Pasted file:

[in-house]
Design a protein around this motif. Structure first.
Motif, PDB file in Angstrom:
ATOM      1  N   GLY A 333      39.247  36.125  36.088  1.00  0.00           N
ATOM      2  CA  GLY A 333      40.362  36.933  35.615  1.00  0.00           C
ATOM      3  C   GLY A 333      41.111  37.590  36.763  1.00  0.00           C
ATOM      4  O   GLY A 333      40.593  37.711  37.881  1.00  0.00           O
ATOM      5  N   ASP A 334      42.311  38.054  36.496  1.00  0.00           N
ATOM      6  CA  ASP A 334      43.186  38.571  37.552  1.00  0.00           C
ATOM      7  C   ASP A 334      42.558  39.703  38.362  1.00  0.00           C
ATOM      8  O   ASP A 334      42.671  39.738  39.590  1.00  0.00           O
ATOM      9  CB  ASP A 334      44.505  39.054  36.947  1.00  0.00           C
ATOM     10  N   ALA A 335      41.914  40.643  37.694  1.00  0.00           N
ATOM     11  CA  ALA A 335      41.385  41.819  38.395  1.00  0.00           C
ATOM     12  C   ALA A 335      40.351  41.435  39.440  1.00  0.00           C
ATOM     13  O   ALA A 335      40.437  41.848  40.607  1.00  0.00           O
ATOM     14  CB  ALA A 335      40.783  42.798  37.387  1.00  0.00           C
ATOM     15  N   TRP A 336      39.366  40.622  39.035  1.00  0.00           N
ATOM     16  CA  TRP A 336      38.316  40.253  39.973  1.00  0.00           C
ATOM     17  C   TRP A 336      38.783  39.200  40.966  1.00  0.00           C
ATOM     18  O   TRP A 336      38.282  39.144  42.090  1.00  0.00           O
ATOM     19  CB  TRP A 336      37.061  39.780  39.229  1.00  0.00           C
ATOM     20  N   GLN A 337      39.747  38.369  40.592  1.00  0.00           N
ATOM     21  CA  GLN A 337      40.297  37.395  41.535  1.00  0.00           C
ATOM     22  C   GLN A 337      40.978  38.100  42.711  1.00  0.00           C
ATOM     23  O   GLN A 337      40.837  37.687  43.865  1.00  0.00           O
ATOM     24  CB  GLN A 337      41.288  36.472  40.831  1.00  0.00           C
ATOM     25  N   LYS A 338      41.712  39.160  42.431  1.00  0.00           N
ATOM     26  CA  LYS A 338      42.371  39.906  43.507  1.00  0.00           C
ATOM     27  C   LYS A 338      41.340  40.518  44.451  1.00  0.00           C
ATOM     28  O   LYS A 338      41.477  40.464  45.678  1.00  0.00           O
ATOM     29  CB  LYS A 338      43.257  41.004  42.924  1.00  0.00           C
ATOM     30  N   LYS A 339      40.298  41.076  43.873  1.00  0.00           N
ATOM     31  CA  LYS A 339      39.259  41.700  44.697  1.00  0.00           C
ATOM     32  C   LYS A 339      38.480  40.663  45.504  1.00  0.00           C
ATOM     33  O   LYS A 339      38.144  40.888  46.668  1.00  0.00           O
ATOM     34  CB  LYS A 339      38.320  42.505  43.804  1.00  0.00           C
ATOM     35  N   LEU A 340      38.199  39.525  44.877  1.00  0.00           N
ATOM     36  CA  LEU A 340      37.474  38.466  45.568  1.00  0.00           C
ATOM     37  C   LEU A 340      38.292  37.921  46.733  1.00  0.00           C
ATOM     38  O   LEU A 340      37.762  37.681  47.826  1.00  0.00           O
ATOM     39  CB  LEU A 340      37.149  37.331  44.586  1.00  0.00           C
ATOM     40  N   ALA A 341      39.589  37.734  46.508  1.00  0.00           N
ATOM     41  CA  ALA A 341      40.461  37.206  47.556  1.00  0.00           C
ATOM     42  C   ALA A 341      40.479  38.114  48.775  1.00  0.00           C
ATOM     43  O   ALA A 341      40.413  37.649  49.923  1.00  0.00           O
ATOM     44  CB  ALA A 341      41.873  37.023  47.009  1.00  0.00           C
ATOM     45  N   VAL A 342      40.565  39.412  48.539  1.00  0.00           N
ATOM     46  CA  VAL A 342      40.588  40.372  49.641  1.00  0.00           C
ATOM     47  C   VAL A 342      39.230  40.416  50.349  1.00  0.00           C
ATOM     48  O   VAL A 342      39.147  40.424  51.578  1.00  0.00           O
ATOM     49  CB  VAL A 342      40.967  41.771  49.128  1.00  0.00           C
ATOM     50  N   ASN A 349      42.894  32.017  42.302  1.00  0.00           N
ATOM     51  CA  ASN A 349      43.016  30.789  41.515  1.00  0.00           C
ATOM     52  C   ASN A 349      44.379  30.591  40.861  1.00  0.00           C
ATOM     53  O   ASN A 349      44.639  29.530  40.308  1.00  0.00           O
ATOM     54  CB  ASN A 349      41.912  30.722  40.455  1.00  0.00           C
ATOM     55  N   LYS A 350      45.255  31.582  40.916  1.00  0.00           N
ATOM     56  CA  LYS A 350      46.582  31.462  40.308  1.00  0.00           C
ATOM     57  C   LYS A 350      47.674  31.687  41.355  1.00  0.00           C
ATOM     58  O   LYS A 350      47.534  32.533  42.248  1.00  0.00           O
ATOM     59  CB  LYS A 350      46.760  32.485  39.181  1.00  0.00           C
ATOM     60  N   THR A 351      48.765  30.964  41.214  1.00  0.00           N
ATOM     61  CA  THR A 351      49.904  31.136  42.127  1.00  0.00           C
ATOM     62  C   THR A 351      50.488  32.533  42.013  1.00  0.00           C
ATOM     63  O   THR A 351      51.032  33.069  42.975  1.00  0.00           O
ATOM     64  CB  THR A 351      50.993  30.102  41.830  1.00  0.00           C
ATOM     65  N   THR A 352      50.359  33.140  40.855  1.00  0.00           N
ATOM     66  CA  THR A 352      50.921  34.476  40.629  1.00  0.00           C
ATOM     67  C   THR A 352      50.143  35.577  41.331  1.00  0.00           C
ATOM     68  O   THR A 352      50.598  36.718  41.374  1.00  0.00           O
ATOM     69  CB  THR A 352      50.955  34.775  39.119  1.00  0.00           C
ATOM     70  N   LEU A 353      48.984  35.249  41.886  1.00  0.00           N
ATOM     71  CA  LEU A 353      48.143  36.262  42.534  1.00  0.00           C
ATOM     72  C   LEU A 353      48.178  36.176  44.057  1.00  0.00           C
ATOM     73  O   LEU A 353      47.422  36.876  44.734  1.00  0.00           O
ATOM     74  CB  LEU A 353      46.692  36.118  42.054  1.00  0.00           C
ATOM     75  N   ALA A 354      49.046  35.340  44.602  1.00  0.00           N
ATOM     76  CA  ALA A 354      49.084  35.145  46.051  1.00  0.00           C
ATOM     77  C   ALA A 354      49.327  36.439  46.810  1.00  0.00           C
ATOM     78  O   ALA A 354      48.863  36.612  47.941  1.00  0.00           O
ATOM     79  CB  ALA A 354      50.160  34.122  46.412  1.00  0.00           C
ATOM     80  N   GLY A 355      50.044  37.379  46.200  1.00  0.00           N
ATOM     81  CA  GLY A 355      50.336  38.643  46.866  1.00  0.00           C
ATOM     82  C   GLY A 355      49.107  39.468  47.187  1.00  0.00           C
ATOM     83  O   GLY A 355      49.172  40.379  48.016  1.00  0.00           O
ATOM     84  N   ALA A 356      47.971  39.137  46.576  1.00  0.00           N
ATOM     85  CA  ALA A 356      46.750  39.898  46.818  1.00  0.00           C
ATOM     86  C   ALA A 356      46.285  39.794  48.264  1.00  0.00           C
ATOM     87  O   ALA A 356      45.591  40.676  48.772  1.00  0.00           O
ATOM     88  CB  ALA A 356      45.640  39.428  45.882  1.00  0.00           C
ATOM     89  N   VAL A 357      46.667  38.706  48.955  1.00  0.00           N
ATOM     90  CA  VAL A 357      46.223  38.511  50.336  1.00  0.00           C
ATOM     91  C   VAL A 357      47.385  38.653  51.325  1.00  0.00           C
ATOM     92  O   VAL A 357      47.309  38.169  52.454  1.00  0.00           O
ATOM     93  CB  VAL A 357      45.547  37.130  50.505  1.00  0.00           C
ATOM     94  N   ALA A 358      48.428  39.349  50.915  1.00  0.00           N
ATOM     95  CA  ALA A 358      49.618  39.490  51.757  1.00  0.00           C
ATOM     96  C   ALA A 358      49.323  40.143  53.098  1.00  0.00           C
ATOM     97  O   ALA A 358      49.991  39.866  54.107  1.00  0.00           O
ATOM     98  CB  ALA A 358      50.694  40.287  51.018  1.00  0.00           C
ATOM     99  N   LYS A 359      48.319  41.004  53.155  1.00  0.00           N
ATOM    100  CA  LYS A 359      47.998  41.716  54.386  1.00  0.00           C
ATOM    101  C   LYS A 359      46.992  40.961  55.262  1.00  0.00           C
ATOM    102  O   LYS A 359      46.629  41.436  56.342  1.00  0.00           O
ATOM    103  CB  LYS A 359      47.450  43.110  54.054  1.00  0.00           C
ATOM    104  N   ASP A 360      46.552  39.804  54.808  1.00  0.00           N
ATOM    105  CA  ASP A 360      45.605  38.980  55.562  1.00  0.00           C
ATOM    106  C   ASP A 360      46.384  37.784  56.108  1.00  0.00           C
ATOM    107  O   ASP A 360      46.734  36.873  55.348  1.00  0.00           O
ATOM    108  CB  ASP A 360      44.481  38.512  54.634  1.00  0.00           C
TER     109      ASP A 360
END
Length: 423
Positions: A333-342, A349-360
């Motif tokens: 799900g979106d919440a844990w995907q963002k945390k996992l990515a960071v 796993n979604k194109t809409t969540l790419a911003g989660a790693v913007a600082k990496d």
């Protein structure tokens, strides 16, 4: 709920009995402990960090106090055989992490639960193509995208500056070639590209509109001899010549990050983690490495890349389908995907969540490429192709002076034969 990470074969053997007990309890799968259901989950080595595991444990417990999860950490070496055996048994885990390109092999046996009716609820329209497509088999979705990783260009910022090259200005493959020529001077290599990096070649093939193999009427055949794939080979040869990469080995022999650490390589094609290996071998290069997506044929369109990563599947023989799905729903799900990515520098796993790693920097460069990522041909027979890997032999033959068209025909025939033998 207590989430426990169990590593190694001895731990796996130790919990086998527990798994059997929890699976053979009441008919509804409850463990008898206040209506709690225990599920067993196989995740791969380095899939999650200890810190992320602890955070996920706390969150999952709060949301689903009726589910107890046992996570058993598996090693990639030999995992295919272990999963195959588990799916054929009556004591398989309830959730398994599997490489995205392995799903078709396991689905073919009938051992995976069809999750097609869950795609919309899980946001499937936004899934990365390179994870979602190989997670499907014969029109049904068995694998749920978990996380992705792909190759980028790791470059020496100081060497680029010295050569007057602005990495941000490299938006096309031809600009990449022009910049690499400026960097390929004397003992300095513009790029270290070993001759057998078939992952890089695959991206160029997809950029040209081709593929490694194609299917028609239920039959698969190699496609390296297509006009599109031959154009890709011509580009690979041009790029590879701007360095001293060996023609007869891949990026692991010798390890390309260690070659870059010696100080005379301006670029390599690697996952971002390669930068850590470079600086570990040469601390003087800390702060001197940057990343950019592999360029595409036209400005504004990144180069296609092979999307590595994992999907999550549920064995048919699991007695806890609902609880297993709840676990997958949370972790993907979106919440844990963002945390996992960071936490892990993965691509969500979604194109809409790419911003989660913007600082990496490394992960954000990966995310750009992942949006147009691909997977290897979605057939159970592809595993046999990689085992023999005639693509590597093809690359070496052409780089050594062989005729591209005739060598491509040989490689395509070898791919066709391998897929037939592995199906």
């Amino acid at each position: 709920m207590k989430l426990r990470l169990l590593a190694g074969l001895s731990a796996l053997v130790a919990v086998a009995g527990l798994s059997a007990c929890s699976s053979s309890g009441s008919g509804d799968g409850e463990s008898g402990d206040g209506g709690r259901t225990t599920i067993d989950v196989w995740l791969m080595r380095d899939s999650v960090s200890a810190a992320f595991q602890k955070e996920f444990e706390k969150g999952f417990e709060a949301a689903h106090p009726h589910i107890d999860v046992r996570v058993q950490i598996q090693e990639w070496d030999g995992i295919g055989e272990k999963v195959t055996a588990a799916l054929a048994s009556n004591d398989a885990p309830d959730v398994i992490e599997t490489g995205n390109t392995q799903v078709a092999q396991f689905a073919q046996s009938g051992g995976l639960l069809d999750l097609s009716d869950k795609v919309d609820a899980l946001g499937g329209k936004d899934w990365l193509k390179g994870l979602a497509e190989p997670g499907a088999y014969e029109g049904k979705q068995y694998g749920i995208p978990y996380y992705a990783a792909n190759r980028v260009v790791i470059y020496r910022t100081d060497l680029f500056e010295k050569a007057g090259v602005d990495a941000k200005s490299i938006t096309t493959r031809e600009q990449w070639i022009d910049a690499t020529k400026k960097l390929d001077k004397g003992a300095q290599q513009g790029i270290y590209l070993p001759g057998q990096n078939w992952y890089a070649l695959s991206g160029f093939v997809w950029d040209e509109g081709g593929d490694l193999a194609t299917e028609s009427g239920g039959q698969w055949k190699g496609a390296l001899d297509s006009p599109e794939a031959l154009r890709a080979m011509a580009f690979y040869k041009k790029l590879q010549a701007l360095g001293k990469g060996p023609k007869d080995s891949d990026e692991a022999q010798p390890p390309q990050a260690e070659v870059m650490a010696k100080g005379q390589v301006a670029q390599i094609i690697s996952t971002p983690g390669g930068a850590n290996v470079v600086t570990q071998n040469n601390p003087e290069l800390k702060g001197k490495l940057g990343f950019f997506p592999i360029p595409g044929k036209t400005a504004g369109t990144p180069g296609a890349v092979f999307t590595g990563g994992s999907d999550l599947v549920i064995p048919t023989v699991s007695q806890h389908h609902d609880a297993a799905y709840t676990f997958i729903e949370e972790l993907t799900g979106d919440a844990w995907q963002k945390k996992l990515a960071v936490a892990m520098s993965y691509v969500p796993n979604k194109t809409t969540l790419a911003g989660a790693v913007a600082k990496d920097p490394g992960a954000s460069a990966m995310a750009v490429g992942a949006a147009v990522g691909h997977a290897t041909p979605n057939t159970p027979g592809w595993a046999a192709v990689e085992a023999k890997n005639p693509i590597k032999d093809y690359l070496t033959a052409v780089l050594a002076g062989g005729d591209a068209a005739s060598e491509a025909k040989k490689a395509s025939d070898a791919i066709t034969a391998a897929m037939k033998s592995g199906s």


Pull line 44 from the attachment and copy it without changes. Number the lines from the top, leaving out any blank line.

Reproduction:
ATOM     41  CA  ALA A 341      40.461  37.206  47.556  1.00  0.00           C